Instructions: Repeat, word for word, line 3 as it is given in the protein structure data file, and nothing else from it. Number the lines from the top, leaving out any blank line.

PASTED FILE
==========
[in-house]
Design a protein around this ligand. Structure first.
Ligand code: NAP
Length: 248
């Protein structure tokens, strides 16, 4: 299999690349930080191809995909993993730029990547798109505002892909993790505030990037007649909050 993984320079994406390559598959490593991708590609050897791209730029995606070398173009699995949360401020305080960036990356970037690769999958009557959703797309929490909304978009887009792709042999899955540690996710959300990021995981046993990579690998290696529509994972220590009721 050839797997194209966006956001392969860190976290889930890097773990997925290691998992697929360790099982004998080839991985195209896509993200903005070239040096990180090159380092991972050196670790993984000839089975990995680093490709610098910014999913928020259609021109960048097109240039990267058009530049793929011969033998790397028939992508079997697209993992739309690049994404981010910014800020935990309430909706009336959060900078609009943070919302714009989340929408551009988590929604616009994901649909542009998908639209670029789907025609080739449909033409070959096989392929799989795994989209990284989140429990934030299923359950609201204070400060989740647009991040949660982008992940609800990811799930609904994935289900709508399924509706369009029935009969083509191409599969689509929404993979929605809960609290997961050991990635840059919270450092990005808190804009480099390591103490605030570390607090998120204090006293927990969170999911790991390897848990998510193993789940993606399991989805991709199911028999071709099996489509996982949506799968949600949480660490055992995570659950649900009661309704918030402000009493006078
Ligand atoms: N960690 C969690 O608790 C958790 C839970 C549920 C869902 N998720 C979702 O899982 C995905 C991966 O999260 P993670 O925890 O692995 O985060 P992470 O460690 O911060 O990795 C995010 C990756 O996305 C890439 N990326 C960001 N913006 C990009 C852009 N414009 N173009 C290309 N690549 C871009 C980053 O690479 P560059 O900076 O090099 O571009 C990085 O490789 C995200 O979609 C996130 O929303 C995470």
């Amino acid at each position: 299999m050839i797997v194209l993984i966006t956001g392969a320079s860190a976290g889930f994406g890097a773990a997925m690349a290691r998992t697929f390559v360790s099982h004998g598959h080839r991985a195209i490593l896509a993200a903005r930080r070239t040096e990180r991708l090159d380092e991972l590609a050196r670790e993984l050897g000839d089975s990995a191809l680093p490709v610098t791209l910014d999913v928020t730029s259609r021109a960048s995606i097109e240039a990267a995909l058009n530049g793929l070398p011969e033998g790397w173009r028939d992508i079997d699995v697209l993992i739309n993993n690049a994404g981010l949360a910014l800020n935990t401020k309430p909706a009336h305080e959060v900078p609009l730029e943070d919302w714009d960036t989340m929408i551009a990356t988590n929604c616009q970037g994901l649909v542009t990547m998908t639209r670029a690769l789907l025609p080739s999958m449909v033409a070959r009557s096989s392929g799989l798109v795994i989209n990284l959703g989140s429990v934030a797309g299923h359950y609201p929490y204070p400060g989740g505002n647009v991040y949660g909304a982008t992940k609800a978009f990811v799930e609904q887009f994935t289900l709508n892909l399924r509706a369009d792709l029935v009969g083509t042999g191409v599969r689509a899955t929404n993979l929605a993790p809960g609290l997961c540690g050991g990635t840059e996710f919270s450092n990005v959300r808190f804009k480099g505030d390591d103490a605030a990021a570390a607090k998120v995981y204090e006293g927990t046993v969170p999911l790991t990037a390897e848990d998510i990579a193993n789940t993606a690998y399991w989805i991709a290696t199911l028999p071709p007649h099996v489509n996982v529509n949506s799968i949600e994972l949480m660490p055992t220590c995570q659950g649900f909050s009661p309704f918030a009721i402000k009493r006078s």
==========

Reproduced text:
Ligand code: NAP